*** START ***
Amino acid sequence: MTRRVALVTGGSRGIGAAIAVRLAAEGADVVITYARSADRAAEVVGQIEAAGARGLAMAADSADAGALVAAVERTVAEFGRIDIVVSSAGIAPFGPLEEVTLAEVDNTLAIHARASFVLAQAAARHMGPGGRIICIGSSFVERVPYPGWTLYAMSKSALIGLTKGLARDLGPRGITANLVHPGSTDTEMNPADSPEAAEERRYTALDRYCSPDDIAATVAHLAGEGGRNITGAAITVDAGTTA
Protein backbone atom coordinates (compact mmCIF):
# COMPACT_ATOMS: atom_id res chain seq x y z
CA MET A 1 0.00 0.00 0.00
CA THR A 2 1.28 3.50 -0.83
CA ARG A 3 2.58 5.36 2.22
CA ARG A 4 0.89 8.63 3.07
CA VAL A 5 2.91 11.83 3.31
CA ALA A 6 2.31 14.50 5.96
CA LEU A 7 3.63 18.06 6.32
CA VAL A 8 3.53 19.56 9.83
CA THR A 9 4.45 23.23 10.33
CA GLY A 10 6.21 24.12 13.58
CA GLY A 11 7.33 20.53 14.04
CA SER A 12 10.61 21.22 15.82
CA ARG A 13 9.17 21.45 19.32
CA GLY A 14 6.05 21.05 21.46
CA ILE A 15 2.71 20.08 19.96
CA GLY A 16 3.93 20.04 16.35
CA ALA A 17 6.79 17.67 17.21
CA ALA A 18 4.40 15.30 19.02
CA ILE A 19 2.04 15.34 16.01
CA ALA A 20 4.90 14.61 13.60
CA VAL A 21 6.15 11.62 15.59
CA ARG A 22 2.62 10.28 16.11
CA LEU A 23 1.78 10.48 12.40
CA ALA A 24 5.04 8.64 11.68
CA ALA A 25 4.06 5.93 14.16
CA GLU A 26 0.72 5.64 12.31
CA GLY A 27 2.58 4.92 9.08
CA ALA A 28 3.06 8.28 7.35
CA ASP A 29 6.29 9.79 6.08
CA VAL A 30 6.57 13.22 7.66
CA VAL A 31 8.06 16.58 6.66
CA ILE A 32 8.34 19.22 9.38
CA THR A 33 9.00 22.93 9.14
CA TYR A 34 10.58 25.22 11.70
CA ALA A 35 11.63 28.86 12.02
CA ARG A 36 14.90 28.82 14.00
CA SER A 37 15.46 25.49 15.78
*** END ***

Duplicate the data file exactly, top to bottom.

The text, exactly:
Amino acid sequence: MTRRVALVTGGSRGIGAAIAVRLAAEGADVVITYARSADRAAEVVGQIEAAGARGLAMAADSADAGALVAAVERTVAEFGRIDIVVSSAGIAPFGPLEEVTLAEVDNTLAIHARASFVLAQAAARHMGPGGRIICIGSSFVERVPYPGWTLYAMSKSALIGLTKGLARDLGPRGITANLVHPGSTDTEMNPADSPEAAEERRYTALDRYCSPDDIAATVAHLAGEGGRNITGAAITVDAGTTA
Protein backbone atom coordinates (compact mmCIF):
# COMPACT_ATOMS: atom_id res chain seq x y z
CA MET A 1 0.00 0.00 0.00
CA THR A 2 1.28 3.50 -0.83
CA ARG A 3 2.58 5.36 2.22
CA ARG A 4 0.89 8.63 3.07
CA VAL A 5 2.91 11.83 3.31
CA ALA A 6 2.31 14.50 5.96
CA LEU A 7 3.63 18.06 6.32
CA VAL A 8 3.53 19.56 9.83
CA THR A 9 4.45 23.23 10.33
CA GLY A 10 6.21 24.12 13.58
CA GLY A 11 7.33 20.53 14.04
CA SER A 12 10.61 21.22 15.82
CA ARG A 13 9.17 21.45 19.32
CA GLY A 14 6.05 21.05 21.46
CA ILE A 15 2.71 20.08 19.96
CA GLY A 16 3.93 20.04 16.35
CA ALA A 17 6.79 17.67 17.21
CA ALA A 18 4.40 15.30 19.02
CA ILE A 19 2.04 15.34 16.01
CA ALA A 20 4.90 14.61 13.60
CA VAL A 21 6.15 11.62 15.59
CA ARG A 22 2.62 10.28 16.11
CA LEU A 23 1.78 10.48 12.40
CA ALA A 24 5.04 8.64 11.68
CA ALA A 25 4.06 5.93 14.16
CA GLU A 26 0.72 5.64 12.31
CA GLY A 27 2.58 4.92 9.08
CA ALA A 28 3.06 8.28 7.35
CA ASP A 29 6.29 9.79 6.08
CA VAL A 30 6.57 13.22 7.66
CA VAL A 31 8.06 16.58 6.66
CA ILE A 32 8.34 19.22 9.38
CA THR A 33 9.00 22.93 9.14
CA TYR A 34 10.58 25.22 11.70
CA ALA A 35 11.63 28.86 12.02
CA ARG A 36 14.90 28.82 14.00
CA SER A 37 15.46 25.49 15.78